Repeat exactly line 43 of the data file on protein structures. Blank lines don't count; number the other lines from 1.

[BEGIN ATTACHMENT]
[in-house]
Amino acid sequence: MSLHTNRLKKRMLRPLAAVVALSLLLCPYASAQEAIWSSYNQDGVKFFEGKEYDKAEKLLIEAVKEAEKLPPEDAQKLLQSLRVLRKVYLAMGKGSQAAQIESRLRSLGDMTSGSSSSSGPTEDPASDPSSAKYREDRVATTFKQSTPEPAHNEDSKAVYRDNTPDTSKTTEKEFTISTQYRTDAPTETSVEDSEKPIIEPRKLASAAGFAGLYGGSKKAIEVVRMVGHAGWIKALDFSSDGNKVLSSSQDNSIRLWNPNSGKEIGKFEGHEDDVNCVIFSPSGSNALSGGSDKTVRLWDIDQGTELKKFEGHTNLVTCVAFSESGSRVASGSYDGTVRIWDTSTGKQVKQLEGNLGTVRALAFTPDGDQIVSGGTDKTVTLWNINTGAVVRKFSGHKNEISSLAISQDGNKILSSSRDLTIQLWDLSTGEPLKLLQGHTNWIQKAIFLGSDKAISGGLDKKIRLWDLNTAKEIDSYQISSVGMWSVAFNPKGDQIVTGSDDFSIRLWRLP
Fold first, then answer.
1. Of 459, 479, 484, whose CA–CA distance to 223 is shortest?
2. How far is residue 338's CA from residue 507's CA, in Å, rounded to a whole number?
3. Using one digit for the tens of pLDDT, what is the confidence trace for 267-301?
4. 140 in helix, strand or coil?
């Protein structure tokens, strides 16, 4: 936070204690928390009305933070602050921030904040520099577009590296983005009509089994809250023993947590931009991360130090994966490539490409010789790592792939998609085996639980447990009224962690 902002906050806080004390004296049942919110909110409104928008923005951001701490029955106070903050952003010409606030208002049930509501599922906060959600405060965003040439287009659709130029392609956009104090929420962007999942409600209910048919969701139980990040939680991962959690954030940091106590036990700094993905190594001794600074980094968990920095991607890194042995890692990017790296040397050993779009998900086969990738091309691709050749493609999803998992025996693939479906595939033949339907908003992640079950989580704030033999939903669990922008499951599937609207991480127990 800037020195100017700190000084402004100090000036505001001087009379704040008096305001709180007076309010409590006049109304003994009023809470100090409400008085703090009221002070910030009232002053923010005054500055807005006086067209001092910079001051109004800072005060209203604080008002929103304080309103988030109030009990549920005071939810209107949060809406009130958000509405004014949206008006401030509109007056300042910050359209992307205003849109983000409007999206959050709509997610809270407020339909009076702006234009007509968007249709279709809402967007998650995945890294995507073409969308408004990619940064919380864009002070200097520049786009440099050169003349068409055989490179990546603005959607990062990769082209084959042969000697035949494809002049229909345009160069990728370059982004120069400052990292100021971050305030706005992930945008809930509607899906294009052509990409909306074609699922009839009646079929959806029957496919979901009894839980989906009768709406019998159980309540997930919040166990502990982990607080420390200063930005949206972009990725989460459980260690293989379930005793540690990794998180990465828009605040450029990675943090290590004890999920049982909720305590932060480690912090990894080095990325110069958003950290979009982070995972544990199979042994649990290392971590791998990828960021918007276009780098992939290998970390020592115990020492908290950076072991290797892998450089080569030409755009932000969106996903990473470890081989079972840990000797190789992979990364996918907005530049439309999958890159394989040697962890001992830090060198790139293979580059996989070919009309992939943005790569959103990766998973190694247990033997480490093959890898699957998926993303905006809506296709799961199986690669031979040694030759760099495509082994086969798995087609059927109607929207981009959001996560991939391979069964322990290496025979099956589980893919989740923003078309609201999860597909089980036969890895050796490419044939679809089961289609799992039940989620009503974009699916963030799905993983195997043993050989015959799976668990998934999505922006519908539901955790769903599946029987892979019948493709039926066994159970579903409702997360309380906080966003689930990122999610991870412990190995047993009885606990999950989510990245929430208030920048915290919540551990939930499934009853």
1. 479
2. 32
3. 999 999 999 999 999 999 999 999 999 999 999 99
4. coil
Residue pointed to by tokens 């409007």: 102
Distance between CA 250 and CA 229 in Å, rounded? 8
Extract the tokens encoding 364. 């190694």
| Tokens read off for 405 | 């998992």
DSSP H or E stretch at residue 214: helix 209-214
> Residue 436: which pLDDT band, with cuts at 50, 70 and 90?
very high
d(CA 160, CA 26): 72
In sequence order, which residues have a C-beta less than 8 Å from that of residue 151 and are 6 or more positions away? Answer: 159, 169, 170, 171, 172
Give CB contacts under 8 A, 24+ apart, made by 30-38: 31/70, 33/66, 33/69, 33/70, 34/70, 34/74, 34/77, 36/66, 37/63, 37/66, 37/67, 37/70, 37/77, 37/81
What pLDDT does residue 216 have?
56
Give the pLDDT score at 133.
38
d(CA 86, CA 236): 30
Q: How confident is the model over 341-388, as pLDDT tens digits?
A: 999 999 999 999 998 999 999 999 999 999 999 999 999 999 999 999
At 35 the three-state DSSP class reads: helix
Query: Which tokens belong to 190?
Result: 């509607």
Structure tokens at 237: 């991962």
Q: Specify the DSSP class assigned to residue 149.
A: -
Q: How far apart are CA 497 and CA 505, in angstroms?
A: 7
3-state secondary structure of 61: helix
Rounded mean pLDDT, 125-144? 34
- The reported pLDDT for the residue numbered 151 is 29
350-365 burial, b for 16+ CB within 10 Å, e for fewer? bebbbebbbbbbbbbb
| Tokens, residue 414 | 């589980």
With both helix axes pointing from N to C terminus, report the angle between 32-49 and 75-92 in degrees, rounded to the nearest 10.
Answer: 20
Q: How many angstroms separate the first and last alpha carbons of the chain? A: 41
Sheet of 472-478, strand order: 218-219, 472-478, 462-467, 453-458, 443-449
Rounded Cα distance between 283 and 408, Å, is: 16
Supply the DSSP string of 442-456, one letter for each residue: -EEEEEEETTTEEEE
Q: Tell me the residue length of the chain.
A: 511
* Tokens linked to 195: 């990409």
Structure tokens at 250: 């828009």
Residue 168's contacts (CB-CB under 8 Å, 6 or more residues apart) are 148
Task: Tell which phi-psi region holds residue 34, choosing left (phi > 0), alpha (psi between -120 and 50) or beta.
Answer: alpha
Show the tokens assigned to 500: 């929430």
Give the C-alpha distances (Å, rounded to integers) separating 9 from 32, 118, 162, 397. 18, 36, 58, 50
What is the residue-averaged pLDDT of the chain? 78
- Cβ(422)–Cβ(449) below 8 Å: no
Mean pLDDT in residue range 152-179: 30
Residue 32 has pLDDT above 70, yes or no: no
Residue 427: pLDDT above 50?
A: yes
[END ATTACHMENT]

With both helix axes pointing from N to C terminus, report the angle between 32-49 and 75-92 in degrees, rounded to the nearest 10.